Friday, August 20, 2010

A Fowl Affair

It's all over the news these days - the failings of our industrial food system. Peanut products in early 2009, spinach in the spring 2010, and ground beef earlier this month. In fact, the government has an entire website devoted to keeping updated information on food recalls! So, it's not particularly surprising that eggs were next on the roster.

This is not any old recall, though. With headlines covering NPR, the BBC, NY Times, EVERYWHERE, this is something special. Mr. Jack DeCoster is a serial offender in the food atrocities realm. From human rights violations (working/living conditions, etc.) to environmental infractions, this large egg operation is the poster child for bad behavior. It doesn't help much that DeCoster looks the part of a dirty old man, too.

August 18 marked hundreds sick with Salmonella and 380 million eggs recalled. As of today, over 500 million eggs have been recalled, and more reports of illnesses are expected as eggs in circulation are consumed. Thankfully, speedy action is remedy a problem that started in MAY!

But kids, let me tell you, these eggs get around. According to NPR, "The eggs were distributed around the country and packaged under the names Lucerne, Albertson, Mountain Dairy, Ralph's, Boomsma's, Sunshine, Hillandale, Trafficanda, Farm Fresh, Shoreland, Lund, Dutch Farms and Kemp. It wasn't immediately clear when the eggs were produced and distributed." Yes, ladies and gentlemen, it is really difficult to figure out where the eggs you eat come from, not to mention how the chickens are treated or impact the surrounding environment.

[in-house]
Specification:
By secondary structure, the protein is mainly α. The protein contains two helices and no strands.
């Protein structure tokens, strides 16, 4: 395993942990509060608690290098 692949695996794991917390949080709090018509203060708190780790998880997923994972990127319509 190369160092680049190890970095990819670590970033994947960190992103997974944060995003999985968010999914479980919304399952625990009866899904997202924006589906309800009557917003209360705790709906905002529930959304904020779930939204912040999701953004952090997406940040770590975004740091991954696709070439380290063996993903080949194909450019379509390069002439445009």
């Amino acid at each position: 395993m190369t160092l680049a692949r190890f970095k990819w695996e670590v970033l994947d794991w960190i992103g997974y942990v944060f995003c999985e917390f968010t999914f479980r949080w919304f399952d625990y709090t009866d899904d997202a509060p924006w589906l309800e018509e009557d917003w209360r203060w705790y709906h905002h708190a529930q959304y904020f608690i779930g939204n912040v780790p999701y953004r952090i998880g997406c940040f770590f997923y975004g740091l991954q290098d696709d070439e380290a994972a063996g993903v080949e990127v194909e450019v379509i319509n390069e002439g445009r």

Salmonella is one of those illnesses you grow up hearing about - "don't eat the cookie dough, honey, there are raw eggs in it." Yadda, yadda, yadda; we all did anyway. However, now I would tread lightly and warily. Salmonella enteritidis is a bacterium that, when ingested, can cause individuals to develop a fever, abdominal cramps, and diarrhea. Sounds fun. As far as chickens contracting the bug and spreading it to others and their eggs, well that is largely correlated with the health and sanitary standards of the operation (read: how much are they mucking around in their own feces). Large industry fails in these departments, which could be why a UK study essentially showed that 'happy' chickens don't harbor as much salmonella!

If this all doesn't convince you to pay more attention to where your farm-fresh eggs originate, I don't know what will. Remember, an egg from a local, happy, outdoors, chicken with access to bugs and grass probably costs a pretty penny more than a factory farmed one, but the external costs of polluting the environment, mistreating the animals, and compromising human health are extraordinarily high. There is almost always the option of getting your own chicken or two to ensure some fantastic eggs (Seattle just upped its limit to 8)!

Photos will be back on Monday or Tuesday! :)

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